Objective 1: Acquire Loon Habitat

A loon nest comprised of lake foliage. There are two eggs in the nest.

The MN DNR Nongame Wildlife Program’s top priority for the MN Loon Restoration Project is protecting lakeshore habitat through acquisition and/or easements.

Why Lakeshore?

Lakeshore plays an important role in the life cycle of loons.


Male and female loons will build their nest out of reeds and grasses close to the shore. Once the nest is complete, the pair takes turns incubating the eggs. Chicks emerge in 28 to 30 days.

Rearing Young

Adult loons initially rear the young near the nest and close to shore. Chicks swim and dive along side their parents. The adults will also carry their chicks on their back, most likely to protect the young from predators.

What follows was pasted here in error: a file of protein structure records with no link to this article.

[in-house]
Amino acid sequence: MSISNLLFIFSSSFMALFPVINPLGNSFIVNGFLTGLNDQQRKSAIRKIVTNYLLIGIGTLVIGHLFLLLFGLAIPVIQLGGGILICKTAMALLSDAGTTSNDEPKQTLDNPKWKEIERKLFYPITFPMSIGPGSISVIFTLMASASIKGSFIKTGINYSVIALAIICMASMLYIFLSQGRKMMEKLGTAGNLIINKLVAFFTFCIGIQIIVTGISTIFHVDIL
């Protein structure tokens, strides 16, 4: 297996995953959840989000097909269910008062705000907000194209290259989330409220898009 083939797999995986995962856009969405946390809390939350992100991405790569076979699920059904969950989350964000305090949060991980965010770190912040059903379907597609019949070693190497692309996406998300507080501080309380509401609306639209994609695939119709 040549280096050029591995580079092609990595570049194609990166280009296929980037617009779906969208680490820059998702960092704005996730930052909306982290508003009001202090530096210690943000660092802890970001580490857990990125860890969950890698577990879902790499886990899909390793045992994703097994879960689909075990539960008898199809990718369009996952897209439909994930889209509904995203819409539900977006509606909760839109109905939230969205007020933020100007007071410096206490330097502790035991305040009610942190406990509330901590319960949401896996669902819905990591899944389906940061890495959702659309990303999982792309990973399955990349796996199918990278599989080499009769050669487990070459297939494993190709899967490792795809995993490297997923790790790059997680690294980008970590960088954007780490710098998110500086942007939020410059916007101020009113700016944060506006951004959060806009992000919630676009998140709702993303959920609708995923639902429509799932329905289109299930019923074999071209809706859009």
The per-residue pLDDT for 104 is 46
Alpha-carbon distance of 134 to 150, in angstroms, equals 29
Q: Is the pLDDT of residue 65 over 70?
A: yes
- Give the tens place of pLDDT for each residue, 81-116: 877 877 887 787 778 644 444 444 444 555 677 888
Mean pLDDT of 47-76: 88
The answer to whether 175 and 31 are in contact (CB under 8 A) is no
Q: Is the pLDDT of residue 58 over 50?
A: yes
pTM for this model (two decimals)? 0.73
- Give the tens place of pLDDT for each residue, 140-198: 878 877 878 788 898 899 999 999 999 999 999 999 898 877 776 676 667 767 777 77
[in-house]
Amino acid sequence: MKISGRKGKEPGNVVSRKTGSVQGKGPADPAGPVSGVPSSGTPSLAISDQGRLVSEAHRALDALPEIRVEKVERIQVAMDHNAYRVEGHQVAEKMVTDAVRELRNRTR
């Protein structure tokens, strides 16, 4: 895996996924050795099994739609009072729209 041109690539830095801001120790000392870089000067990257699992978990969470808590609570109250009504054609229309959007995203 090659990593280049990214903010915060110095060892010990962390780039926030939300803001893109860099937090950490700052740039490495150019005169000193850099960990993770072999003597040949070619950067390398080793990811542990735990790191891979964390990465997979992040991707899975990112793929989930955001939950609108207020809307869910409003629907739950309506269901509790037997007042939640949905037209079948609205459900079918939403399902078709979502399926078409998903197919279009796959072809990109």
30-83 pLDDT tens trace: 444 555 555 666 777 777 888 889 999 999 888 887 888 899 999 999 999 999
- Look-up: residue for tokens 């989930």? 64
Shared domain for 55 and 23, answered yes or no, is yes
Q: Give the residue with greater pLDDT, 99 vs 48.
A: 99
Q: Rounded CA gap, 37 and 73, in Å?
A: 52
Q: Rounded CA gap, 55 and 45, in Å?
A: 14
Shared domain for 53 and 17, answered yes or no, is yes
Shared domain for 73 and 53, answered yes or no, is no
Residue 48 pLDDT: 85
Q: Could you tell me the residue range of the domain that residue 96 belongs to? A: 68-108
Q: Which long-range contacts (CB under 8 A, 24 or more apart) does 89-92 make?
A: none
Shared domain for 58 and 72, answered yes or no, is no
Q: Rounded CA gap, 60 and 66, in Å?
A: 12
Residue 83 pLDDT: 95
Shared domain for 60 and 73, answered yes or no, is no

Migration Staging

Lakeshore also provide important migration staging areas. Loons will rest and feed along lakeshore as they travel to and from wintering grounds. Permanently protecting natural lakeshore and providing quality habitat is the best strategy for ensuring loons successfully breed, nest, forage, and rear young. We are focusing our efforts on areas with active nests and deep, clear lakes that are resilient to climate change, and which are currently threatened by human encroachment.

We are working with the United States Geological Survey (USGS) and the U.S. Fish and Wildlife Service (USFWS) to identify key lakeshore in our project focus area. We’ll be conducting loon surveys to narrow down which lakes have the best loon productivity (chick survival and nest success), so we can start looking for parcels to acquire. We’re also in the process of hiring a contractor to help us identify lake parcels and talk to landowners.

Back to top